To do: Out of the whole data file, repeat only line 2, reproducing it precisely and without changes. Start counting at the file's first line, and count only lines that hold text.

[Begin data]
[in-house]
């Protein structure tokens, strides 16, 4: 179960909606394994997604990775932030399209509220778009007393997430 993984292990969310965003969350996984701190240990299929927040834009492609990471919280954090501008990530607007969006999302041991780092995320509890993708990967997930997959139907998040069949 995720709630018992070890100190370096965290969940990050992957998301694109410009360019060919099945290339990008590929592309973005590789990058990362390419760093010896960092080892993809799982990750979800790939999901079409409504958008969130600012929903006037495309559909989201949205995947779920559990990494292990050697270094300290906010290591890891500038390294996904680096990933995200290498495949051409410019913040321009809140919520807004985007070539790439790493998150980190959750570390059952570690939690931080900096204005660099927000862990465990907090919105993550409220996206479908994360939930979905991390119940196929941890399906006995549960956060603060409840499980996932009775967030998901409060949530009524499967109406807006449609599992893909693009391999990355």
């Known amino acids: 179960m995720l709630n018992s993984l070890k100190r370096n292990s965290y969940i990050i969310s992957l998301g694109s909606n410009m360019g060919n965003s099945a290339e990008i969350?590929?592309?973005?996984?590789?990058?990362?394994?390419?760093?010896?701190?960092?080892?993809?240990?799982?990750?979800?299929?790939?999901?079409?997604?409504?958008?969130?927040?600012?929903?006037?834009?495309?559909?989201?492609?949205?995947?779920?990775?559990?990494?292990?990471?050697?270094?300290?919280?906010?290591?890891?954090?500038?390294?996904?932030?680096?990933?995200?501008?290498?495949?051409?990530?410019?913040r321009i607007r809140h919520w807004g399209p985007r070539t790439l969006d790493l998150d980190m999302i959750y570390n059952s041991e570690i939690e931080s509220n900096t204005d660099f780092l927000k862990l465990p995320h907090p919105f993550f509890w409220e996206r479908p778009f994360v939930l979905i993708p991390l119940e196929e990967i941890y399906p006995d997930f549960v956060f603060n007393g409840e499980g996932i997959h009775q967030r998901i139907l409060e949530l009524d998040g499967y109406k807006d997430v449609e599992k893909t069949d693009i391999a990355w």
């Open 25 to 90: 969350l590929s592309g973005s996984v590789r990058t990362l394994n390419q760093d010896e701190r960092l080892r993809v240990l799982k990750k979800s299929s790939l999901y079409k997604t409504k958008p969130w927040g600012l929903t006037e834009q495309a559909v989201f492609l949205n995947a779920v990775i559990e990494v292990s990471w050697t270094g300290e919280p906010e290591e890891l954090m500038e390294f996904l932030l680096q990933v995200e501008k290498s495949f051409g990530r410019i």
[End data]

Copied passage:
């Protein structure tokens, strides 16, 4: 179960909606394994997604990775932030399209509220778009007393997430 993984292990969310965003969350996984701190240990299929927040834009492609990471919280954090501008990530607007969006999302041991780092995320509890993708990967997930997959139907998040069949 995720709630018992070890100190370096965290969940990050992957998301694109410009360019060919099945290339990008590929592309973005590789990058990362390419760093010896960092080892993809799982990750979800790939999901079409409504958008969130600012929903006037495309559909989201949205995947779920559990990494292990050697270094300290906010290591890891500038390294996904680096990933995200290498495949051409410019913040321009809140919520807004985007070539790439790493998150980190959750570390059952570690939690931080900096204005660099927000862990465990907090919105993550409220996206479908994360939930979905991390119940196929941890399906006995549960956060603060409840499980996932009775967030998901409060949530009524499967109406807006449609599992893909693009391999990355």